Do More of What Makes You Awesome
- Steve Williamson, Dir. Product Development, eRep, Inc.
- Monday, October 31, 2022
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Tags: #personalgrowth #psychology #happiness
Have you ever tried to nail gravy to a tree or play billiards with a rope? If you somehow succeed at these impossible tasks, would you want more of that kind of challenge? Or would you rather be doing more of the things that make you awesome?
I Can Do That
"I can do that," is something we all wish we could say no matter the challenge. This is a common ideal in job interviews especially. But who does that attitude serve, really?
We want to land that job. We want that promotion. We want that opportunity.
We want to feel appreciated and respected and valued, and saying, "No thanks, that's not in my wheelhouse" seems counterproductive. We have a social pressure — and often an even more powerful internal pressure — to always say "Yes" when that's not necessarily the best approach.
"Never let them see you sweat" may make for a catchy anti-perspirant TV commercial slogan, but it's not a particularly good personal philosophy.
Despite the fact that we admire persistence and tenacity and grit in the face of adversity — for good reason — it might be more productive in the long run if we place more admiration on folks who accurately identify their strengths and relentlessly pursue them.
Do we really want to give props to someone who insists on pushing on doors marked "pull"?
Let's consider a new approach. It's a bit radical and it goes against the grain of all we've learned and value in modern society up to now.
Here it is:
Do more of what makes you awesome.
What do you think? What are your thoughts about this perspective and way of approaching life?
Playing to your strengths may seem counterintuitive at first. After all, how much of that ever-vaunted and valued tenacity and grit would you need to exhibit to all those people following along at home if you were to attempt something that was actually easy for you?
How many social points can you score by pursuing an endeavor you genuinely enjoy?
In all seriousness, doing more of what makes you awesome is actually a very sound philosophy and a truly valuable practice.
Doing more of what makes you awesome is a dish that only has two ingredients, and anyone can cook it to perfection.
- Identify your strengths
- Pursue more activities that play to those strengths
It seems absurdly simple at first glance, but there's some nuance here that deserves a closer look.
How do you identify what your strengths actually are?
There is a tool that can help you figure out your strengths and it starts with identifying what makes you happy.
This tool has a few things going for it. First, it is an online personality assessment that anyone with an adequate vocabulary can take (typically aged 13 and up). It can be completed in under 10 minutes. Perhaps most importantly, it is extremely accurate at identifying your innate hardwiring — your personality's DNA.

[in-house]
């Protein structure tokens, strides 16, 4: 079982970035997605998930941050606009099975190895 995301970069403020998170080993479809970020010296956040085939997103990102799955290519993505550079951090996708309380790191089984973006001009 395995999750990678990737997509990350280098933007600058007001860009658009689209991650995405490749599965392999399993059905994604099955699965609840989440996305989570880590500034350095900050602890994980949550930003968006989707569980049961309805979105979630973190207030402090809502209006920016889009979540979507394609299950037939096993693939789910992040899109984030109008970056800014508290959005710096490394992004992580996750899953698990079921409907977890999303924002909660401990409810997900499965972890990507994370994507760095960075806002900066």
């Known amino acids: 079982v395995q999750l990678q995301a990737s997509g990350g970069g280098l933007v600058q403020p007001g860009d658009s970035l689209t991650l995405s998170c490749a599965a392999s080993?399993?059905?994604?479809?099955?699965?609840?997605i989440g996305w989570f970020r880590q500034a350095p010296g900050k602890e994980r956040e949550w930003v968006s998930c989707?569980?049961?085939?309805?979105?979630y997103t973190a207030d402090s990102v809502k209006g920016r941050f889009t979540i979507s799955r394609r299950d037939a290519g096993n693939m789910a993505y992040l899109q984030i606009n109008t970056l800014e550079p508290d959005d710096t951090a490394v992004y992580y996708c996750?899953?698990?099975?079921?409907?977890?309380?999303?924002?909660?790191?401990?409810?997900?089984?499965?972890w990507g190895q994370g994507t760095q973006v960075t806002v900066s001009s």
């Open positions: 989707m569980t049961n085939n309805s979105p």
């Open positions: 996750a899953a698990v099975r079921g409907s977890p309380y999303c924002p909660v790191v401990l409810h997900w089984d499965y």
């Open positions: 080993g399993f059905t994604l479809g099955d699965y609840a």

You don't want to waste your time taking a personality assessment that isn't any more accurate than a coin toss (<cough>Myers-Briggs</cough>) or leads you in different directions every time you take it (poor repeat reliability).
The World's Most Accurate Personality Assessment
The tool we're talking about is the Core Values Index™ psychometric assessment. It is the world's most accurate and reliable personality assessment and you can get your results in 10 minutes or less by going to erep.com/core-values-index/
The CVI is not about aptitude, it's about happiness — and happiness must come first.
The CVI tells you how you are emotionally hardwired. It describes the lens through which you see the world. It outlines the type of activities that make you happiest and which activities are likely to make you feel like you're trying to teach goldfish how to play chess.
It is this information — what makes you happy — that you can use to find the kind of activities where you will shine. Taking the CVI could be the most valuable 10 minutes of your life.
What makes you happy tells you what makes you awesome.
Once you take the CVI and learn what makes you awesome, the second part is easy: do more of that.
Core Values Index™ and CVI™ are trademarks of Taylor Protocols, Inc.
Go to eRep.com/core-values-index/ to learn more about the CVI or to take the Core Values Index assessment.
Innovator/Banker - Dir. Product Development, eRep, Inc.
Steve has a career in information technology, software development, and project management spanning three decades. He is the author of a series of fantasy novels called The Taesian Chronicles (ruckerworks.com), and when he isn't writing he is an aspiring multi-instrumentalist and composer, a virtual pilot in a home-built flight simulator, and a cyclist.
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